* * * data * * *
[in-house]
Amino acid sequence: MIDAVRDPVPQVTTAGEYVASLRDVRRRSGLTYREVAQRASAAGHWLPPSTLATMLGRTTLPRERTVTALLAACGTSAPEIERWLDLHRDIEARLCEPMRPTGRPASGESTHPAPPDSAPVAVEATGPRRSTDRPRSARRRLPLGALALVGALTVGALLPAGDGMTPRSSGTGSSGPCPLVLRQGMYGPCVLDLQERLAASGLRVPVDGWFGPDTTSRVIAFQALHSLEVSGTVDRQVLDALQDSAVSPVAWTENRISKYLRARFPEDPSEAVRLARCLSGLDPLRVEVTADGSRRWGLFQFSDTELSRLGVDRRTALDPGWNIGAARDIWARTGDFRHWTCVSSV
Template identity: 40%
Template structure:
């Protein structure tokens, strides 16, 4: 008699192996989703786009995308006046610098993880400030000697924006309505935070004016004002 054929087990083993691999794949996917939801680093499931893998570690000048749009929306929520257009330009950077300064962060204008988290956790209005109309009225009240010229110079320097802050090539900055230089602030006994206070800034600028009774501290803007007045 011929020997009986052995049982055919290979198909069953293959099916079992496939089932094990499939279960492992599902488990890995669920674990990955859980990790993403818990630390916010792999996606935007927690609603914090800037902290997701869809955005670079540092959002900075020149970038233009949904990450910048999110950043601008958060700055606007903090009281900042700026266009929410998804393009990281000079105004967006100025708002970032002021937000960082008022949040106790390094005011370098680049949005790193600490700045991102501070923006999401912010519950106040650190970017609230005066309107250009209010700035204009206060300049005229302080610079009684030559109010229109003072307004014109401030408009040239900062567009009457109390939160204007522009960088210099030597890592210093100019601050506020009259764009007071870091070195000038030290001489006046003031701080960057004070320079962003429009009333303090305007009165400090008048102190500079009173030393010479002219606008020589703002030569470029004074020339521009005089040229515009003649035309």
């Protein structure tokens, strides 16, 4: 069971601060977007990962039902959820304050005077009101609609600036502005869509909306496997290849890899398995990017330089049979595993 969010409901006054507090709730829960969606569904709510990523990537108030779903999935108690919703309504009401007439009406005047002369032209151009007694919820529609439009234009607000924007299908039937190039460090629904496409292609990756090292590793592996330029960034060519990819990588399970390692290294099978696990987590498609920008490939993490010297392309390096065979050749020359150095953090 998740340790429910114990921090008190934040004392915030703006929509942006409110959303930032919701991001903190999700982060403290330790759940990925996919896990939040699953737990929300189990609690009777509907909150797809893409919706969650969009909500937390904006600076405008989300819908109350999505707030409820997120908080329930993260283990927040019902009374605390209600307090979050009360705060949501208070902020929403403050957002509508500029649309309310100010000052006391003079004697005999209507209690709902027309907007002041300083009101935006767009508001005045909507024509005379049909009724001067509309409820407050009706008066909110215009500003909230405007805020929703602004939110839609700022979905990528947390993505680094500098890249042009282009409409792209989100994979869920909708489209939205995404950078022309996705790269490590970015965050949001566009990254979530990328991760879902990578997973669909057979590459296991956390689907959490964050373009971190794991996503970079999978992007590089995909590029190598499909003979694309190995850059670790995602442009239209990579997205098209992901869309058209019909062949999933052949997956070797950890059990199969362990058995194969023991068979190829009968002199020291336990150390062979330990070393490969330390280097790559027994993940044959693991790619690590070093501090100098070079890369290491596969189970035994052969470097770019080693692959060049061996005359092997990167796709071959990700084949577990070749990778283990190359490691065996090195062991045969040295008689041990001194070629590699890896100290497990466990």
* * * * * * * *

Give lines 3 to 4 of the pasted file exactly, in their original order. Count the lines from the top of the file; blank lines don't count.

Template identity: 40%
Template structure: